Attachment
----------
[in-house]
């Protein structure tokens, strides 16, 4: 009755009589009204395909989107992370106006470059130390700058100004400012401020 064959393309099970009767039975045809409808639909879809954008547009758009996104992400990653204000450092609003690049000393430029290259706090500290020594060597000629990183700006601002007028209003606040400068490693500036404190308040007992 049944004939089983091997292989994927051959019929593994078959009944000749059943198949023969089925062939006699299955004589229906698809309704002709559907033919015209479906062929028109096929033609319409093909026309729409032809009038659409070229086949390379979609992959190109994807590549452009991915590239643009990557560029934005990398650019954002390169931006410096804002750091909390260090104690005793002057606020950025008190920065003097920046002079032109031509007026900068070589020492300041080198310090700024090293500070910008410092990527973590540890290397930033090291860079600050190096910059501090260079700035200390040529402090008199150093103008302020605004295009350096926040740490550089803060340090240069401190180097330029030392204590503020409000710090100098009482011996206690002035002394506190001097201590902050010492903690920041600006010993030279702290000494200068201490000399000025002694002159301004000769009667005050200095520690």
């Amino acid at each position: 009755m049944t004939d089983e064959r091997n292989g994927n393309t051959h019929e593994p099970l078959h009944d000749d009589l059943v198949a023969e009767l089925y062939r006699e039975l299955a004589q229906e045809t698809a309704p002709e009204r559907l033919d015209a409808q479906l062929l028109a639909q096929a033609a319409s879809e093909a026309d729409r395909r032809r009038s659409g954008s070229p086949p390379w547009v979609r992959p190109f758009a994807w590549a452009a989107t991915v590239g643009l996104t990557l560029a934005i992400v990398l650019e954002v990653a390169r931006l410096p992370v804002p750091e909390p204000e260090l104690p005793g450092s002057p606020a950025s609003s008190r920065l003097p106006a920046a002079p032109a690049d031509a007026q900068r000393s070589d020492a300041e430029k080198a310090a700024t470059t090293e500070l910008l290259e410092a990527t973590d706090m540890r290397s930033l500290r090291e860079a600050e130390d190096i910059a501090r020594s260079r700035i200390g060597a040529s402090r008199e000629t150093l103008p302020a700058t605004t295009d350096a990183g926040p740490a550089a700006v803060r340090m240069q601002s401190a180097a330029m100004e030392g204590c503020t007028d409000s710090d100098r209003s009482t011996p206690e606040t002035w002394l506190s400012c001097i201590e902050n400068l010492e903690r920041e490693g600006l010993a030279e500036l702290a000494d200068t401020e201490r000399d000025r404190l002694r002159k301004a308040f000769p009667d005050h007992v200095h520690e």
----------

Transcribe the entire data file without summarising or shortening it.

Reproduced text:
[in-house]
């Protein structure tokens, strides 16, 4: 009755009589009204395909989107992370106006470059130390700058100004400012401020 064959393309099970009767039975045809409808639909879809954008547009758009996104992400990653204000450092609003690049000393430029290259706090500290020594060597000629990183700006601002007028209003606040400068490693500036404190308040007992 049944004939089983091997292989994927051959019929593994078959009944000749059943198949023969089925062939006699299955004589229906698809309704002709559907033919015209479906062929028109096929033609319409093909026309729409032809009038659409070229086949390379979609992959190109994807590549452009991915590239643009990557560029934005990398650019954002390169931006410096804002750091909390260090104690005793002057606020950025008190920065003097920046002079032109031509007026900068070589020492300041080198310090700024090293500070910008410092990527973590540890290397930033090291860079600050190096910059501090260079700035200390040529402090008199150093103008302020605004295009350096926040740490550089803060340090240069401190180097330029030392204590503020409000710090100098009482011996206690002035002394506190001097201590902050010492903690920041600006010993030279702290000494200068201490000399000025002694002159301004000769009667005050200095520690």
């Amino acid at each position: 009755m049944t004939d089983e064959r091997n292989g994927n393309t051959h019929e593994p099970l078959h009944d000749d009589l059943v198949a023969e009767l089925y062939r006699e039975l299955a004589q229906e045809t698809a309704p002709e009204r559907l033919d015209a409808q479906l062929l028109a639909q096929a033609a319409s879809e093909a026309d729409r395909r032809r009038s659409g954008s070229p086949p390379w547009v979609r992959p190109f758009a994807w590549a452009a989107t991915v590239g643009l996104t990557l560029a934005i992400v990398l650019e954002v990653a390169r931006l410096p992370v804002p750091e909390p204000e260090l104690p005793g450092s002057p606020a950025s609003s008190r920065l003097p106006a920046a002079p032109a690049d031509a007026q900068r000393s070589d020492a300041e430029k080198a310090a700024t470059t090293e500070l910008l290259e410092a990527t973590d706090m540890r290397s930033l500290r090291e860079a600050e130390d190096i910059a501090r020594s260079r700035i200390g060597a040529s402090r008199e000629t150093l103008p302020a700058t605004t295009d350096a990183g926040p740490a550089a700006v803060r340090m240069q601002s401190a180097a330029m100004e030392g204590c503020t007028d409000s710090d100098r209003s009482t011996p206690e606040t002035w002394l506190s400012c001097i201590e902050n400068l010492e903690r920041e490693g600006l010993a030279e500036l702290a000494d200068t401020e201490r000399d000025r404190l002694r002159k301004a308040f000769p009667d005050h007992v200095h520690e």